3.1. File Storage
Usually a large number of HTML files are stored in anHTTP Web server. Our DOSC Web server runs on a bare PC and it are not convenient to carry all the HTTPfiles in the AO. HTTP Files are stored on the network;DOSC Web server fetches the files duringinitialization. Currently, all files are fetched intomemory as there is plenty of memory to support filestorage. That character helps server’s mobility whenmoved from one location to another on the Internet.
3.2. Memory
As simplicity is the main objective of DS in design, weavoid OS, paging, and virtual memory. We can fairlyassume that there is full address space of 4GB memoryin the system as our DOSC Web server only needs128MB of memory for its operation and nearly all thememory is available for applications. For applicationsneeding more memory, several bare PCs can beconnected to achieve higher throughput. This scalable parallel bare PC architecture is currently under investigation.
3.3 Ethernet Driver 
When an AO runs on a bare PC, it carries all the programs and controls necessary to execute on a barePC including device driver interfaces. We havedesigned a device driver for 3COM509B Ethernet card that works with our server. This driver provides APIcalls in C++ to communicate directly to Network Interface Card (NIC) and has been developed as a C++class object. This class can be instantiated in the program’s required calls such as init, read, and can bewritten directly from other part of application. Weselect this particular NIC as its programming referencemanual is available on the Web. We also havedeveloped a new device driver for 3COM905CX NIC by collaborating with 3COM, which is more recent and has enhanced functionality. Our experiences with bothdrivers for NIC indicate that 3COM could havedesigned an extensible NIC to support downward compatibility. Each NIC and each I/O card has its owninterface thus causing a myriad of drivers and interfaces in a PC environment. We also found that theC++ API designed for the above two drivers are verysimilar and they can be easily extended for the nextgeneration of NIC devices.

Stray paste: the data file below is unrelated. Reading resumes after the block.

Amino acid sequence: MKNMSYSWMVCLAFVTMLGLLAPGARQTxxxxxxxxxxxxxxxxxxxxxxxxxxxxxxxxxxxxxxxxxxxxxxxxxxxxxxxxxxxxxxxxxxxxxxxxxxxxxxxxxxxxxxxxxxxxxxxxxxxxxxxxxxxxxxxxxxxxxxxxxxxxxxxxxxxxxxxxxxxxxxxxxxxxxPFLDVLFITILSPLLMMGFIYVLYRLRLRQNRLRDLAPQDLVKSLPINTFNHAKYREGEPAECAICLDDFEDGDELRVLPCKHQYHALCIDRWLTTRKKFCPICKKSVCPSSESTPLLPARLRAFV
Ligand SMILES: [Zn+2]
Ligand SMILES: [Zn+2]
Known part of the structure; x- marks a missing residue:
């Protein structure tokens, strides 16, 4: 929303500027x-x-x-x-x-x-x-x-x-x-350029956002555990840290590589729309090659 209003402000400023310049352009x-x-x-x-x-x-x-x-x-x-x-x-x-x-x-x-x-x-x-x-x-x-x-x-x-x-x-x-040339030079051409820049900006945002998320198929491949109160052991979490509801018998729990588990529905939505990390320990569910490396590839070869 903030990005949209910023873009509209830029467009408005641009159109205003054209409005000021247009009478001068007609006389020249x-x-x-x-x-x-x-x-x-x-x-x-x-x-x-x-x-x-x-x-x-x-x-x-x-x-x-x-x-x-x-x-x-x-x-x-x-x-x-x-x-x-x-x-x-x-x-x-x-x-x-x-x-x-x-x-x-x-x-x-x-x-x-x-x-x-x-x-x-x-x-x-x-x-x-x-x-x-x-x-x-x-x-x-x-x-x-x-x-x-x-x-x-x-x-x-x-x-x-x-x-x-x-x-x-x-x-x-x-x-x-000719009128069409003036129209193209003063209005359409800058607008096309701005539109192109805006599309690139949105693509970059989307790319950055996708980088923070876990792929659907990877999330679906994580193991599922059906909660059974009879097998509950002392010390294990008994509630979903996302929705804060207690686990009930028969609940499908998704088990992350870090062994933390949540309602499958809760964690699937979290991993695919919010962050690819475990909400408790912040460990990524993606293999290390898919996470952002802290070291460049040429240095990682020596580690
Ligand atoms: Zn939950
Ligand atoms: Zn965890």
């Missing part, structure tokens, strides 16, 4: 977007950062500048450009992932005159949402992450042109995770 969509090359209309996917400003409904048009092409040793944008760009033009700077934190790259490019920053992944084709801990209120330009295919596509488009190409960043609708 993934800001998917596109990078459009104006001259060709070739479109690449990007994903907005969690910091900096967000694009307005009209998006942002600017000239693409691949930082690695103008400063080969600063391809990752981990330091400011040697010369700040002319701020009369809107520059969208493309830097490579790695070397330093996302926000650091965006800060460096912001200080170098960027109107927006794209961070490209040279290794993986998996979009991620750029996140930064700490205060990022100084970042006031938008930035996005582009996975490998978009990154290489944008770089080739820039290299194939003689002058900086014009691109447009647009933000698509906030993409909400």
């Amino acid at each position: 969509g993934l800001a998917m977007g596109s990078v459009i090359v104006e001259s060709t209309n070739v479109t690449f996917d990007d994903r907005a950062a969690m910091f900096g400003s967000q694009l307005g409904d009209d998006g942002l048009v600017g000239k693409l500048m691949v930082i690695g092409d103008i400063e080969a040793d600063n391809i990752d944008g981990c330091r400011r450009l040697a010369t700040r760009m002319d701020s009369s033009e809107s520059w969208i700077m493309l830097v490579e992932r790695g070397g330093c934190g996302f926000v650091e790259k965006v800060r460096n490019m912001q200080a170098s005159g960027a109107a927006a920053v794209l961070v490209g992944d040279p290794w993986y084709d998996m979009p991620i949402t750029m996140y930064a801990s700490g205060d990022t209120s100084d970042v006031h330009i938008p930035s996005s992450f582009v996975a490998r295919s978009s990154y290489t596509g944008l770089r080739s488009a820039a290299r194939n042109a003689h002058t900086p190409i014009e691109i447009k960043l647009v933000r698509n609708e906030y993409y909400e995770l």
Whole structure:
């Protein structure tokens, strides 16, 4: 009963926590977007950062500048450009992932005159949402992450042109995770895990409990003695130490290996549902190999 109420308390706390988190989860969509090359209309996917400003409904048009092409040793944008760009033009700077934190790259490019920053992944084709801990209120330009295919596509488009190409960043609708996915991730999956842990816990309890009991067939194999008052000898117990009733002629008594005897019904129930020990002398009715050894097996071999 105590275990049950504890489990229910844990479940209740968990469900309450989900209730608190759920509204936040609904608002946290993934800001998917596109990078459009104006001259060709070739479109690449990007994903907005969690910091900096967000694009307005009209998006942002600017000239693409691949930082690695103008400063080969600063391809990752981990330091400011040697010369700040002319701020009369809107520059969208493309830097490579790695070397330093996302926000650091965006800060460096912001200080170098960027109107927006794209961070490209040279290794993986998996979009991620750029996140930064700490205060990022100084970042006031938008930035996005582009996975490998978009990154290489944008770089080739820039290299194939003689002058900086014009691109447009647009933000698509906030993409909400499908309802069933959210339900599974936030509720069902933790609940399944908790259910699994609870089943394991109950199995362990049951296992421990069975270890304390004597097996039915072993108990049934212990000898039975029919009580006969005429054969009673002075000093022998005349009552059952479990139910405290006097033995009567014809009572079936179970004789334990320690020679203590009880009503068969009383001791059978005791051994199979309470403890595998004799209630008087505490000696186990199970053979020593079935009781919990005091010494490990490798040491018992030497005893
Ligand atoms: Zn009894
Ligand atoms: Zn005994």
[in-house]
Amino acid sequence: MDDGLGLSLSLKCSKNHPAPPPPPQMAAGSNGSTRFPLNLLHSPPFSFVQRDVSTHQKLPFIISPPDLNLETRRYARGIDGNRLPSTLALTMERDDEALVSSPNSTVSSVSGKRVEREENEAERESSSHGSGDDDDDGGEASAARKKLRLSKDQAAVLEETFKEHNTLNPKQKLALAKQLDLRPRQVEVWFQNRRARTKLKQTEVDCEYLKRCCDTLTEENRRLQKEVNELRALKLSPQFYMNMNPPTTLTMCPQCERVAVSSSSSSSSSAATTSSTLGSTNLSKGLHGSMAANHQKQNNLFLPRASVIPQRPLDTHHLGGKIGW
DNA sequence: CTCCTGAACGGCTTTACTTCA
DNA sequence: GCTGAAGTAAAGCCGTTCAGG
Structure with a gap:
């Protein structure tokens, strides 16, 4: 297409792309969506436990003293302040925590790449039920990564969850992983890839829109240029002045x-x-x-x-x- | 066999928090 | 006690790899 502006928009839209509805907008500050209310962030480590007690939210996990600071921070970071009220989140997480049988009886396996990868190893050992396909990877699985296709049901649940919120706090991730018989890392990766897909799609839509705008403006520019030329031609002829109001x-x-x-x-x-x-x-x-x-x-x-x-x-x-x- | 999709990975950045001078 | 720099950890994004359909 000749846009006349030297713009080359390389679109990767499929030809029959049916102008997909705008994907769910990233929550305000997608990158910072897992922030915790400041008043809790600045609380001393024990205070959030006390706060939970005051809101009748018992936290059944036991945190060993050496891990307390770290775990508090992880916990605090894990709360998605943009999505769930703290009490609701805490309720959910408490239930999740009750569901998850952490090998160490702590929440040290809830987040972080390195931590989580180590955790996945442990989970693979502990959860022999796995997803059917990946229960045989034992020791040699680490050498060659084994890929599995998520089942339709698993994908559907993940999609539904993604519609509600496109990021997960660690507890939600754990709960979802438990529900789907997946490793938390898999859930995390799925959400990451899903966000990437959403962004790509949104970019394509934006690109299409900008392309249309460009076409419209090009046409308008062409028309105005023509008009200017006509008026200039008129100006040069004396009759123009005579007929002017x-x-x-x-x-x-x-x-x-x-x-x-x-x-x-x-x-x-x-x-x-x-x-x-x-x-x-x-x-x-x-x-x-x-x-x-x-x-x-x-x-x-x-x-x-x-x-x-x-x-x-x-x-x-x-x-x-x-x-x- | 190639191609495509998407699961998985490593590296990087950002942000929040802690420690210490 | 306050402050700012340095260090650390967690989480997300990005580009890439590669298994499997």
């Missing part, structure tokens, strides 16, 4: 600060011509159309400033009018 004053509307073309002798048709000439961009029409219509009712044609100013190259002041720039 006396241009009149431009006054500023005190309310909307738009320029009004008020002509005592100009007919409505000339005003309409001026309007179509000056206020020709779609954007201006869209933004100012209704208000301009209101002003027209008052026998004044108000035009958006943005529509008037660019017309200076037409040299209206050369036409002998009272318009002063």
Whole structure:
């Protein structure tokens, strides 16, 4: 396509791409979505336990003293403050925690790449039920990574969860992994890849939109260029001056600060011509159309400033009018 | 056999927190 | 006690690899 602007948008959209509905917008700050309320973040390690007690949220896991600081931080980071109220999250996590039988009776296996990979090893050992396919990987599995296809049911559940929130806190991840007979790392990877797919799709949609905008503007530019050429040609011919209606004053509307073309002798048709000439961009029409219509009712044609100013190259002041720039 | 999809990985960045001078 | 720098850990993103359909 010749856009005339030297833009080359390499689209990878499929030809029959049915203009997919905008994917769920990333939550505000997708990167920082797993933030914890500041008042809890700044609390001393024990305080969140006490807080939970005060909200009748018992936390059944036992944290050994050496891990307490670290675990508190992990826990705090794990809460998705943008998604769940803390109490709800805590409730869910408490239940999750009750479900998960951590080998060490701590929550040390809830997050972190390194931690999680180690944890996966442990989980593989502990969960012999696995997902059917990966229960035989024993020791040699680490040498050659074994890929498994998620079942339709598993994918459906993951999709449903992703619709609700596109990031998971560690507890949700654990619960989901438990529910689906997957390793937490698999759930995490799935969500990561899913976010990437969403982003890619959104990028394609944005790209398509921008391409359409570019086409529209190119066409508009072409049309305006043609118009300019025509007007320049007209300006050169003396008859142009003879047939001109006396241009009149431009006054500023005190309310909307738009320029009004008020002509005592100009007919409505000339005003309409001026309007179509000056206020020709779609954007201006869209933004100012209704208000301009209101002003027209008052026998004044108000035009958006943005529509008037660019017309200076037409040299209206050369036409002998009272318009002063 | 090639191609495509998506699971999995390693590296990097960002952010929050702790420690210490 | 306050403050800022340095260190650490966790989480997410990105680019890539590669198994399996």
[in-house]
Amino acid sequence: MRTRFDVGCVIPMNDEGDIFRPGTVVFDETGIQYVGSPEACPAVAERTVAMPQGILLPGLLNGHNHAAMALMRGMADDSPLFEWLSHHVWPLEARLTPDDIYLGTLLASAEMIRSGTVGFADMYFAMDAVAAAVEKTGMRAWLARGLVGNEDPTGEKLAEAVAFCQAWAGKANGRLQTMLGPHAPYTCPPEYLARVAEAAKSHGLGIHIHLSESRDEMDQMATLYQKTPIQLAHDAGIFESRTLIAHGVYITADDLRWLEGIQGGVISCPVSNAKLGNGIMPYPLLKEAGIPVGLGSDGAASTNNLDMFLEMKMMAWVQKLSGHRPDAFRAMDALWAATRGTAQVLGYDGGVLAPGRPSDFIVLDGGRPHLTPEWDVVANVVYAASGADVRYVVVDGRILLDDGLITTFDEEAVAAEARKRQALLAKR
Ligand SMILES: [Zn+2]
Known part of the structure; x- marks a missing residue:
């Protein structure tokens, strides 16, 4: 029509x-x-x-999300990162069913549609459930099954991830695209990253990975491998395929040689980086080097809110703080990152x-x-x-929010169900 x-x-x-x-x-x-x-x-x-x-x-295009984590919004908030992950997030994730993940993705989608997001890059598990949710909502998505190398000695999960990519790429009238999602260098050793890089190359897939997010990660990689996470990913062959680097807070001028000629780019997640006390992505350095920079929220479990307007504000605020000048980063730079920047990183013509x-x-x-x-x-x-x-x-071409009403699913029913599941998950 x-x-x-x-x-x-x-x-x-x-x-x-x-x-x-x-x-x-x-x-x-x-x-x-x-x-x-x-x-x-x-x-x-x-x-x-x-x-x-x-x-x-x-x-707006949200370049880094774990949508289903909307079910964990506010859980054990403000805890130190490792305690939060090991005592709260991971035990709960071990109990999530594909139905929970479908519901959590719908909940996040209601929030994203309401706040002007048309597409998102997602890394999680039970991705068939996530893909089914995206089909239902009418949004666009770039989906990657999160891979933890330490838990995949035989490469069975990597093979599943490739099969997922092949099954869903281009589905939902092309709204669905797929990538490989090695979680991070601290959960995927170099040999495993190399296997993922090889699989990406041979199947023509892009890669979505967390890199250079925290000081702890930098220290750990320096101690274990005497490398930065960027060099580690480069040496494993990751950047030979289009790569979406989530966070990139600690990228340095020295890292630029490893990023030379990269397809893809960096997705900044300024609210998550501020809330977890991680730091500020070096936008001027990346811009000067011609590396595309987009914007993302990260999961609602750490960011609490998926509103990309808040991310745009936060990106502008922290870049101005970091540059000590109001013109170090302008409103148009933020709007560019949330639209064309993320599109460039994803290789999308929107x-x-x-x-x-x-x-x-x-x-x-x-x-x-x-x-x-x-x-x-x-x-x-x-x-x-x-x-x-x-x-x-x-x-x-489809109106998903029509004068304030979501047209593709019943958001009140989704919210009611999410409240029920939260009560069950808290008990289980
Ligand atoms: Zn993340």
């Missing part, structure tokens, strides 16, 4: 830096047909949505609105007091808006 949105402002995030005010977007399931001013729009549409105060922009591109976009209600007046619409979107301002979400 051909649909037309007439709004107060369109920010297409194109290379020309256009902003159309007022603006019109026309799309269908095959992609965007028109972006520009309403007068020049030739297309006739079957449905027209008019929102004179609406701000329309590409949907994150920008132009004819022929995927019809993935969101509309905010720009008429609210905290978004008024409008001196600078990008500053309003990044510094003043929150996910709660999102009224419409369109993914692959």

3.4 Network Stack
Only the necessary functionalities required for Webserver application are implemented in the network stack. The stack protocols including Ethernet, ARP, IP,UDP, TCP, and HTTP are designed and implemented as API calls. Each protocol is a C++ class object and can be instantiated anywhere in a C++ program. Allclasses can directly communicate with Ethernet class,that provides a robust foundation for testing newnetwork architectures and protocols.
3.5 Task Scheduling
The DS tasks are provided as C++ API calls. Eachtask is a member function in a task object. We candesign as many tasks as needed by simply adding newmember functions in the task class, and control the task scheduling. Currently a simple round robin algorithm isused to schedule tasks. Tasks are scheduled when ahardware timer interrupt comes at a periodic rate of 55milliseconds. We can also vary this clock rate bydividing the rate in multiples of 2.
3.6 Concurrency
We use locking mechanisms to implementsynchronization. However there are many designoptions to exploit concurrency to achieve maximumthroughput and minimum response time.
3.7 Response Times
Interrupt service routine (ISR) implementation for receiving and sending messages to NIC will improveresponse time. However, this approach needs to be
Proceedings of the Seventh ACIS International Conference on Software Engineering,Artificial Intelligence, Networking, and Parallel/Distributed Computing (SNPD’06)0-7695-2611-X/06 $20.00 © 2006